3 reasons why your change is failing

Stressed worker

3 reasons why your change is failing

Most organisations I talk to spend a lot of time thinking and talking about change. However, when I ask how they would rate the success of their previous change programmes, the stories I hear are often not ones of enthusiasm and success.

Why is that? I think it comes down to a couple of things; not taking action when you can see a change isn’t working, not having people engaged and ready for the change, and a lack of assessment and measurement of the change.

By paying attention to these three areas, I believe that we can change those stories of change into ones of success, enthusiasm and excitement.

Know when change isn’t working

Often people implement change and once it’s in motion, they assume that they can shift their focus elsewhere. However, this is when change can start to fail. After you have applied your change you must follow it up, keep a close eye on it, and assess whether it is working. From my experience, I’d suggest that there are 4 main give-aways for a change that isn’t working:

1. An unclear purpose

I’ve seen organisations implement enormous system changes but it often results in nobody using them because leaders of the change haven’t provided people with a clear understanding of the purpose of the change.

2. It feels wrong

Sometimes change feels counter-cultural. People might agree explicitly to the change but behind closed doors they may argue that it doesn’t feel right for the organisation. You’ll need to listen out for these conversations and pay attention to any feedback given to you

3. People are left behind

Organisations often make changes which lead to substantial financial success but they haven’t considered the full extent of the impact on people. Make sure you’ve clearly thought about how the change will impact the demand you’re placing on people’s workloads. A sign that this hasn’t been full considered could be a rise in turnover and absentees.

4. Lack of alignment

Different people can choose to lead change in different directions. There is often a real lack of alignment of leadership in unsuccessful change programmes, so make sure the leadership team is bought in to the ‘how’ of leading the change.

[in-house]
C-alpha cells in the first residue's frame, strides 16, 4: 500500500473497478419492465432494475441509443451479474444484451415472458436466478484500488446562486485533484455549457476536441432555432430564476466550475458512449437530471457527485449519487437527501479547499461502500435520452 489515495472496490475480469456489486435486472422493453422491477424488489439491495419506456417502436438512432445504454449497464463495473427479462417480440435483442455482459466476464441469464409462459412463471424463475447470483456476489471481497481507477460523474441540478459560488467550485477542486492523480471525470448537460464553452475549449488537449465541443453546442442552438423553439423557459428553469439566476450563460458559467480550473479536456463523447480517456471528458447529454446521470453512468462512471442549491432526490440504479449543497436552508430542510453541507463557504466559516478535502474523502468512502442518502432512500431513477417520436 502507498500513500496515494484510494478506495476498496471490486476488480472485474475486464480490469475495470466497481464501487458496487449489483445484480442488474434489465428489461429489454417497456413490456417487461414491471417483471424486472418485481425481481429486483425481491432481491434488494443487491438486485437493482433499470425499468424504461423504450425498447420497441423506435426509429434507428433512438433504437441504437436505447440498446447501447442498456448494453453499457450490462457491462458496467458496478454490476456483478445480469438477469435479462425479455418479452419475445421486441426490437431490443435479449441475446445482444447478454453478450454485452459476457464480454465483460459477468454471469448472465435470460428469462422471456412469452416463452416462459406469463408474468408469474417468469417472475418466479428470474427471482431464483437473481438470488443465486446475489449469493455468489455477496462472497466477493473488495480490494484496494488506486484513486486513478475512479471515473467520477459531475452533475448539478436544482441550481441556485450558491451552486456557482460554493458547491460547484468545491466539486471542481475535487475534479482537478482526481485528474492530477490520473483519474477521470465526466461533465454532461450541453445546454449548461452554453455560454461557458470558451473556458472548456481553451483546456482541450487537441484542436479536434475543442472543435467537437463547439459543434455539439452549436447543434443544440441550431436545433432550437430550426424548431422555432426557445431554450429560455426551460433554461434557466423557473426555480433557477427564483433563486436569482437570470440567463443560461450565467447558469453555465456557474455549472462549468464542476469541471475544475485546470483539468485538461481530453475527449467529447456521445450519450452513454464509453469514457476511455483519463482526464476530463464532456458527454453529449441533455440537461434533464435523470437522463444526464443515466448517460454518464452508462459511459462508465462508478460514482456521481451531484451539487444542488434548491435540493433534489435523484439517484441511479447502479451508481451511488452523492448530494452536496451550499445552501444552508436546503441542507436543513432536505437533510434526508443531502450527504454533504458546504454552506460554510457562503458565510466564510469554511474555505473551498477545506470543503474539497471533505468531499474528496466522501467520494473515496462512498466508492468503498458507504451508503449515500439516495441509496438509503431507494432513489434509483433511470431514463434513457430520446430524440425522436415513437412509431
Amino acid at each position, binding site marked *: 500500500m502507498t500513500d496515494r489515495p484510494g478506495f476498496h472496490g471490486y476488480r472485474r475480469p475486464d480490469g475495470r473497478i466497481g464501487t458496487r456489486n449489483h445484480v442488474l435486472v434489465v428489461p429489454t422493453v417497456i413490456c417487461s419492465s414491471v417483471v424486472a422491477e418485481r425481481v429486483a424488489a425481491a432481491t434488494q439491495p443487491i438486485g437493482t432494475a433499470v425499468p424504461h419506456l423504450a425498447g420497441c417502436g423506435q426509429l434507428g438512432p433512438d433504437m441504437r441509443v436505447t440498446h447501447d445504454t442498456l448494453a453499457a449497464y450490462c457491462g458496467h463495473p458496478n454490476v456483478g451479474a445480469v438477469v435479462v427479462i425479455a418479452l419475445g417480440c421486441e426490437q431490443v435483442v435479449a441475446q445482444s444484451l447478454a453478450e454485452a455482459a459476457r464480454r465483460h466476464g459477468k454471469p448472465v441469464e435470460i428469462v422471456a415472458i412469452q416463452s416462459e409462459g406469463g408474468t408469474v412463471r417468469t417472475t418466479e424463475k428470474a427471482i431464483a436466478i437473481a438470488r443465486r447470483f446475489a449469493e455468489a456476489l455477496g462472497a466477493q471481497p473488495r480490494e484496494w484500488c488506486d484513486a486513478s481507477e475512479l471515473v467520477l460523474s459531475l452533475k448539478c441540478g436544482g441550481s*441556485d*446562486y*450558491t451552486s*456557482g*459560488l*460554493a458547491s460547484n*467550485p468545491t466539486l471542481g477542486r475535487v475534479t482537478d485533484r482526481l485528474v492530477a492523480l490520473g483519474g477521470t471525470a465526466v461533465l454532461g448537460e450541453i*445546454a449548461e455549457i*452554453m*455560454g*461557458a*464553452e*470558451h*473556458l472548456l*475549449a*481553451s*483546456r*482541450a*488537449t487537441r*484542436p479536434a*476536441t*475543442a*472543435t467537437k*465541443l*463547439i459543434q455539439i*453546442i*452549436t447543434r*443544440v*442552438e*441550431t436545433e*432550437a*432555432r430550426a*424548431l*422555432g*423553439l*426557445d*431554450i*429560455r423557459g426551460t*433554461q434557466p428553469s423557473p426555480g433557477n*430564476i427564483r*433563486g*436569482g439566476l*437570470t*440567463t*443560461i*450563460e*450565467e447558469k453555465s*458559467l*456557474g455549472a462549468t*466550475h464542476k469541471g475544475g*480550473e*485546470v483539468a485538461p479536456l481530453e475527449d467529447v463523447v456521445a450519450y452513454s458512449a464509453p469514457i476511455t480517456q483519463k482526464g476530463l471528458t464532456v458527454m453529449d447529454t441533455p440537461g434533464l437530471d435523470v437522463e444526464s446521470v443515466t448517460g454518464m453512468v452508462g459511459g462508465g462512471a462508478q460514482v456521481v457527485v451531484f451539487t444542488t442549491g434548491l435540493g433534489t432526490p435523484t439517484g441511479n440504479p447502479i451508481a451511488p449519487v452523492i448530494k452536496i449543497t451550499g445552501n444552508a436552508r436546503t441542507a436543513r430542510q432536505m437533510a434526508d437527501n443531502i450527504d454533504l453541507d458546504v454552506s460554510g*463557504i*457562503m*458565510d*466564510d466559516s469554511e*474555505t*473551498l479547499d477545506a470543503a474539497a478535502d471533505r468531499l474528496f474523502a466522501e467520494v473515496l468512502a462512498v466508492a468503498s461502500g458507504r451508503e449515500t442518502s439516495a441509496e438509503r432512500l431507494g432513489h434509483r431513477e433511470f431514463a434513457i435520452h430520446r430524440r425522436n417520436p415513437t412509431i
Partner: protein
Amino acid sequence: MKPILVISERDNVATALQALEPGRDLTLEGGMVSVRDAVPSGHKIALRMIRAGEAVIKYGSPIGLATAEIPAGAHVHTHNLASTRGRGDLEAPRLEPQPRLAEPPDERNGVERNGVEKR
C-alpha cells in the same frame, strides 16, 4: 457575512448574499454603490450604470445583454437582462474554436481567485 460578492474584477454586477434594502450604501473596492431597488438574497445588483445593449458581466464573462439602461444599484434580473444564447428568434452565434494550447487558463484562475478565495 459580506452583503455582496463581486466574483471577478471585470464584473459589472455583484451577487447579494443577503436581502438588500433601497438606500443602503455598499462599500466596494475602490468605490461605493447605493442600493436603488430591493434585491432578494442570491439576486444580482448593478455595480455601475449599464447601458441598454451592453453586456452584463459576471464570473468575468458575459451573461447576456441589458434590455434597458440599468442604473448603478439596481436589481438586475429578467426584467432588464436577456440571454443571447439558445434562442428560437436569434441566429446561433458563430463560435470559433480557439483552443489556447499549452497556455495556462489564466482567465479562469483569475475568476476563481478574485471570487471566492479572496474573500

Get people ready for change

If your organisation has upcoming plans for a change initiative then engaging your people is vital. I believe that for this to happen you must consider these three key areas:

1. Develop your story

Developing a strong and coherent story is critical to building engagement. The story should provide a compelling reason for change that explains what the future may look like. For the change to be effective, your employees need to understand why the pain of change is worthwhile.

2. Enable your people

People need both the confidence and competence to engage with change. You must assess what skills people need for the change to be successful and explore the ways in which you can help them acquire any new skills they might need so they feel ready when the change comes.

3. Shape your process

Before you begin implementing your change make sure that you have a plan and share it with the organisation. If people know what is happening and when, then it will be easier for them to engage with the change.

Assess your change

Assessing change is the only way of knowing the extent of its success. Through qualitative (focus groups and interviews) and quantitative (surveys) methods, you can gain a true understanding of how your change has landed.  Despite the fact that it is often easy to push your findings under the carpet and ignore the issues you have, I would encourage you to use these findings to continue to shape the change to ensure that it is successful.

The complexity of change is often overwhelming and can lead to chaos if it’s not managed well. Be aware of the signs that your change isn’t working and know how you can prepare your people to get around these issues. You not only want your change to run smoothly but you also want it to be a success. If you’re interested in exploring this topic further, I recently recorded a webinar on this topic and you can catch up here.


Katie Mahony